NFL owners voted 21-3 to reject the Rams move to St. Louis.
Only the Bucs and the Bengals voted with the Rams, with six teams
abstaining. The vote left the Rams "to contemplate legal action
and another year of football somewhere in Southern California"
(Simers & Plaschke, L.A. TIMES, 3/16). The owners, "especially
the old guard," voted to "seemingly and uncharacteristically
defend such old fashioned principles as faith, loyalty, and
ethics," feeling that they had to "draw a line" to prevent
"poorly managed teams" from moving to new cities. 49ers VP
Dwight Clark: "We didn't want to reward mediocrity" (Steve
Bisheff, ORANGE COUNTY REGISTER, 3/16). NFL Commissioner Paul
Tagliabue said opposition was based on three main issues: The
Rams' unwillingness to share a large percentage of the $74M in
PSL money they raised in St. Louis; the objection of Fox to
losing a team in the 2nd-largest TV market; and the Rams' refusal
to contribute to a "non-profit trust fund" the league wanted to
aid in stadium renovations (Leonard Shapiro, WASHINGTON POST,
3/16). In what "sounded like the opening salvo for an
anticipated court battle," Rams Owner Georgia Frontiere said,
"I'm not going to forget what has gone on here" (Len Pasquarelli,
ATLANTA CONSTITUTION, 3/16). NO DEAL: The Rams offered to
pay owners 24% of the PSL money, approximately $26M, but "failed
to meet the other conditions" (Clark Judge, SAN JOSE MERCURY
NEWS, 3/16). Frontiere called the league's demands "arbitrary
and capricious and not based on precedent" (Kent Pullian, KANSAS
CITY STAR, 3/16). Oilers Owner Bud Adams said after studying
the Rams/St. Louis deal, "it became obvious that the Rams were
not oppressed, but opportunists" (Plaschke, L.A. TIMES, 3/16).
NFL officials went to Rams President John Shaw late Tuesday night
"in a last-ditch effort to hammer out an amicable settlement,"
but Shaw rejected their offer and told the league "he expected to
have the move vetoed" (Len Pasquarelli, ATLANTA CONSTITUTION,
3/16). Yesterday, Shaw "sounded as though the league had
mounted" a campaign to oppose the move, and used Fox's opposition
as an example. Shaw: "Fox had no opposition to this several
weeks ago" (Dave Caldwell, PHILADELPHIA INQUIRER, 3/16). Shaw:
"I don't think they (NFL) had any interest in negotiating"
(ORANGE COUNTY REGISTER, 3/16). The move would have hit each NFL
owner "deep in the pocket ... perhaps by two sources," a rebate
to Fox and a higher salary cap based on St. Louis' PSL "windfall"
(Gordon Forbes, USA TODAY, 3/16). LEGAL EAGLES: Frontiere said
she would consult with groups in St. Louis before making a
decision on whether to file a lawsuit, but later, "in what may
have been a slip of the tongue," she said, "I'm afraid you will
have to wait and see what the court will decide" (KANSAS CITY
STAR, 3/16). Shaw described himself as "extremely confident" the
team would win a lawsuit against the league (Ira Miller, SAN
FRANCISCO CHRONICLE, 3/16). But ESPN's Chris Mortensen reported
that NFL litigator Frank Rothman "told the owners that they now
have some rulings that work in their favor. Most recently, and
critically in this case, the Minneapolis U.S. District Court
blocked the Minnesota Timberwolves from moving to New Orleans"
("SportsCenter," ESPN, 3/16). Tagliabue was hopeful to avoid
litigation, saying the league was "not trying to be
confrontational. We are trying to be fair." But "he was vague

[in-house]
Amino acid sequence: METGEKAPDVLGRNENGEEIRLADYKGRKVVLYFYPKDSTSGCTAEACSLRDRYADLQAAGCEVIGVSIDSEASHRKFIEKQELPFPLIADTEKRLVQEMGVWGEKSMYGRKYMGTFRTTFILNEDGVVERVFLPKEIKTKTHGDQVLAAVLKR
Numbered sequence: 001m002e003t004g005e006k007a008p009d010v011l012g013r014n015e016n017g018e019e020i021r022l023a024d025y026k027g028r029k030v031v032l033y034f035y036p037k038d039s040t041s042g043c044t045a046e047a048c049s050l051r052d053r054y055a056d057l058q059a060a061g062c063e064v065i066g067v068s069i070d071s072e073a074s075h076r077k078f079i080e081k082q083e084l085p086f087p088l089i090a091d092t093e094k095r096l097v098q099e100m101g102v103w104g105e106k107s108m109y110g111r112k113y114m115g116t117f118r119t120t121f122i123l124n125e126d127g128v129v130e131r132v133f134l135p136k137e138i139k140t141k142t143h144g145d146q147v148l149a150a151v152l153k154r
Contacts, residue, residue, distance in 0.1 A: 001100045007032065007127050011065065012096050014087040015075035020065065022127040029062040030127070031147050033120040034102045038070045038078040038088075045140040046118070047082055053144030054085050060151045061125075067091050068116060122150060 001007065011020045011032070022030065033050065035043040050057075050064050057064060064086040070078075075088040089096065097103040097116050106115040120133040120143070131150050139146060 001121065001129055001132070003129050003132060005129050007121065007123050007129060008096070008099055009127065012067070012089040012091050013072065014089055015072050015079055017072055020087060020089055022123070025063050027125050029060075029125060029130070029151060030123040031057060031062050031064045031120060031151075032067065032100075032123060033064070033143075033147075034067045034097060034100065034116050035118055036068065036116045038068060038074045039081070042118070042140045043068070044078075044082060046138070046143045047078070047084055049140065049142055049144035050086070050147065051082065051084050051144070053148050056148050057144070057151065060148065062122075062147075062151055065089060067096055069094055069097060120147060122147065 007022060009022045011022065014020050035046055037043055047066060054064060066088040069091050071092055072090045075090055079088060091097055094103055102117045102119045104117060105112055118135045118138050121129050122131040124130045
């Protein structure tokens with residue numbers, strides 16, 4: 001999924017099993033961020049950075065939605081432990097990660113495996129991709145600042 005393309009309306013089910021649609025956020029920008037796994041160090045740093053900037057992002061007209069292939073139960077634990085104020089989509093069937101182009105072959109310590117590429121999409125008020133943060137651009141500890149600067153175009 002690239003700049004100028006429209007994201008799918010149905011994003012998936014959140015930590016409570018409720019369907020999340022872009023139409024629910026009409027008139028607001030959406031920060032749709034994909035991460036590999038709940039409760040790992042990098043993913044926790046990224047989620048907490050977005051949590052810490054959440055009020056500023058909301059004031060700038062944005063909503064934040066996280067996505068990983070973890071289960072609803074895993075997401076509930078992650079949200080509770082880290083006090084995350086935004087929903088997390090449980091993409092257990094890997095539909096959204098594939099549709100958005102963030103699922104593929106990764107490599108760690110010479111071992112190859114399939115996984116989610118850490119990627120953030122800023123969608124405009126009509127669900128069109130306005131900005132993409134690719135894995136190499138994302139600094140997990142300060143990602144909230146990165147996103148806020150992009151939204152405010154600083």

on the next step" (R.B. Fallstrom, WASHINGTON POST, 3/16). The
league is hoping the Rams will reopen negotiations, as "through
conference calls and faxes, an outcome can be reached in days"
(L.A. TIMES, 3/16).
BEHIND THE VOTE: Cardinals General Counsel Tom Guilfoil, on
Tagliabue's recommendation to vote against: "I've always said the
commissioner might not have enough votes to ensure a move, but
he'll always have enough support to kill one" (Steve Schoenfeld,
ARIZONA REPUBLIC, 3/16). Save-the-Rams Chair Leigh Steinberg:
"They're scared to death about leaving Los Angeles to the mercies
of Al Davis" (John Helyar, WALL STREET JOURNAL, 3/16). Bills
Owner Ralph Wilson: "We have rules and regulations and sometimes
we have to live up to those" (ORANGE COUNTRY REGISTER, 3/16).
Browns Owner Art Modell: "I'm a football man, No. 1, and No. 2,
I'm a TV man. Having an NFC team in Los Angeles is critical to
the NFC package" (S.D. UNION-TRIBUNE, 3/16).
WHAT TO DO IN ST. LOU? Officials in St. Louis said "it was
possible" that FANS, Inc. might have to return the $74M it raised
in PSL sales "until a resolution is in sight" (KANSAS CITY STAR,
3/16). Frontiere to fans in St. Louis: "I need them to believe
in me. It will make me stronger" (Bernie Miklasz, ST. LOUIS
MEDIA REAX: In L.A., Bill Plaschke calls on Frontiere to
sell the team: "All they (NFL) want you to do is leave something
behind besides a stench. ... Shut up, Georgia. Pay the money and
get out" (L.A. TIMES, 3/16). In Atlanta, Len Pasquarelli writes
that Tagliabue's "sudden empathy with Rams fans is ironic," as
the club has not enjoyed much support over the last few years.
Pasquarelli: "Fox's concern is also dubious, since the network
was forced last year to black out all of the Rams' home games
locally" (ATLANTA CONSTITUTION, 3/16). In St. Louis, Bernie
Miklasz writes, "The NFL recently sent a letter to Fox, asking
the network if it wanted that rebate if the Rams moved!
(Collusion, anyone?)" (ST. LOUIS POST-DISPATCH, 3/16). Stephanie
Huff, a marketing exec in St. Louis: "It's a good thing the NFL
doesn't have an embassy in St. Louis. We would burn it down"
(ORANGE COUNTY REGISTER, 3/16).
CAN YOU GO HOME AGAIN? Tagliabue admitted the problem the
Rams would have in returning to Anaheim in '95: "Once the
bridges have been burned and people get turned off ... it is
difficult to get it back" (NEW YORK TIMES, 3/16).